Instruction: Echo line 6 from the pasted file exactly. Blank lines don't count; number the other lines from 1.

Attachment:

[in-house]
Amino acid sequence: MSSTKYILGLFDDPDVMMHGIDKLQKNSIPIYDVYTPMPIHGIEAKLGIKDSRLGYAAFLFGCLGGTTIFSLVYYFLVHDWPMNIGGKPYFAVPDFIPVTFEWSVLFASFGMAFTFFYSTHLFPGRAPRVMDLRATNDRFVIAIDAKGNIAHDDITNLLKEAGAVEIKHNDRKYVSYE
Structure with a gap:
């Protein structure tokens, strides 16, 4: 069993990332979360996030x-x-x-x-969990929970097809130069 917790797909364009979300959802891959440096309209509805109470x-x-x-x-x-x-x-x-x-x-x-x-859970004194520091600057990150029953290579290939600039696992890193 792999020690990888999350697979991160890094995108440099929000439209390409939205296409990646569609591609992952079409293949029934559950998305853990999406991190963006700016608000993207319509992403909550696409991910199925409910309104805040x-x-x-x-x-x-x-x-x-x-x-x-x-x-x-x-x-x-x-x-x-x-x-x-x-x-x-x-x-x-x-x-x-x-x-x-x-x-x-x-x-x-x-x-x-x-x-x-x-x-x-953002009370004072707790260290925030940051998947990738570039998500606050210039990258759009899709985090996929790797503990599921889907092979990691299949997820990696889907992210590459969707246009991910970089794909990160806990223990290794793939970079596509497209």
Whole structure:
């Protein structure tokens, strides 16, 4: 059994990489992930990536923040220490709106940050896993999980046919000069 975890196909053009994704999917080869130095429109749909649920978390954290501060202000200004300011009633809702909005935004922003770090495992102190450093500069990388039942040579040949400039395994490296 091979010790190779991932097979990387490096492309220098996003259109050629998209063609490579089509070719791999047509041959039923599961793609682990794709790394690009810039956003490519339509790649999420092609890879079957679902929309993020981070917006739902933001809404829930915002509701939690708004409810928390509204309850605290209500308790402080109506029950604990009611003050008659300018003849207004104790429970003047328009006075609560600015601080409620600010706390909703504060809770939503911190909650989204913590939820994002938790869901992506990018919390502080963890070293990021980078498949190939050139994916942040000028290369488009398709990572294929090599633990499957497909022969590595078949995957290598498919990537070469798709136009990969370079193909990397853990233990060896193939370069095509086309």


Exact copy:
């Protein structure tokens, strides 16, 4: 059994990489992930990536923040220490709106940050896993999980046919000069 975890196909053009994704999917080869130095429109749909649920978390954290501060202000200004300011009633809702909005935004922003770090495992102190450093500069990388039942040579040949400039395994490296 091979010790190779991932097979990387490096492309220098996003259109050629998209063609490579089509070719791999047509041959039923599961793609682990794709790394690009810039956003490519339509790649999420092609890879079957679902929309993020981070917006739902933001809404829930915002509701939690708004409810928390509204309850605290209500308790402080109506029950604990009611003050008659300018003849207004104790429970003047328009006075609560600015601080409620600010706390909703504060809770939503911190909650989204913590939820994002938790869901992506990018919390502080963890070293990021980078498949190939050139994916942040000028290369488009398709990572294929090599633990499957497909022969590595078949995957290598498919990537070469798709136009990969370079193909990397853990233990060896193939370069095509086309």